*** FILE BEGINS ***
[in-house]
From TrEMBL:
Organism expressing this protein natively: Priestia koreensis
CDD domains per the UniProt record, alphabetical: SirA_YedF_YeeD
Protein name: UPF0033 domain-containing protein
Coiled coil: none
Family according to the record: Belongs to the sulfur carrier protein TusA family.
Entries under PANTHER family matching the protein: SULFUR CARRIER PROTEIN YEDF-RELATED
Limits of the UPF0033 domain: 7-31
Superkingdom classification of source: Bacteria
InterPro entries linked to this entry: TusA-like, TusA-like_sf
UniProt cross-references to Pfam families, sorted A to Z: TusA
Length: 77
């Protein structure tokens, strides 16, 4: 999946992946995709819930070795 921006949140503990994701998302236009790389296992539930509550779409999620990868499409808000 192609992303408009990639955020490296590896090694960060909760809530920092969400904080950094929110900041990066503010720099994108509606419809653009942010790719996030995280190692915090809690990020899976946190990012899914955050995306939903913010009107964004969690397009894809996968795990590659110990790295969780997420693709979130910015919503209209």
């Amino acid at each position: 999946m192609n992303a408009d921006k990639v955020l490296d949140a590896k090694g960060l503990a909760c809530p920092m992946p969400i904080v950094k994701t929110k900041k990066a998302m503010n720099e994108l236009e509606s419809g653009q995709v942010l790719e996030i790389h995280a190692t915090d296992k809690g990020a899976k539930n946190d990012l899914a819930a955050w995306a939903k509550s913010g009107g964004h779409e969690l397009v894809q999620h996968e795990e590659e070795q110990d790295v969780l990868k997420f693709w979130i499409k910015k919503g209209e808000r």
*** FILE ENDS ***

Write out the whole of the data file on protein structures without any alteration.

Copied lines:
[in-house]
From TrEMBL:
Organism expressing this protein natively: Priestia koreensis
CDD domains per the UniProt record, alphabetical: SirA_YedF_YeeD
Protein name: UPF0033 domain-containing protein
Coiled coil: none
Family according to the record: Belongs to the sulfur carrier protein TusA family.
Entries under PANTHER family matching the protein: SULFUR CARRIER PROTEIN YEDF-RELATED
Limits of the UPF0033 domain: 7-31
Superkingdom classification of source: Bacteria
InterPro entries linked to this entry: TusA-like, TusA-like_sf
UniProt cross-references to Pfam families, sorted A to Z: TusA
Length: 77
């Protein structure tokens, strides 16, 4: 999946992946995709819930070795 921006949140503990994701998302236009790389296992539930509550779409999620990868499409808000 192609992303408009990639955020490296590896090694960060909760809530920092969400904080950094929110900041990066503010720099994108509606419809653009942010790719996030995280190692915090809690990020899976946190990012899914955050995306939903913010009107964004969690397009894809996968795990590659110990790295969780997420693709979130910015919503209209």
């Amino acid at each position: 999946m192609n992303a408009d921006k990639v955020l490296d949140a590896k090694g960060l503990a909760c809530p920092m992946p969400i904080v950094k994701t929110k900041k990066a998302m503010n720099e994108l236009e509606s419809g653009q995709v942010l790719e996030i790389h995280a190692t915090d296992k809690g990020a899976k539930n946190d990012l899914a819930a955050w995306a939903k509550s913010g009107g964004h779409e969690l397009v894809q999620h996968e795990e590659e070795q110990d790295v969780l990868k997420f693709w979130i499409k910015k919503g209209e808000r």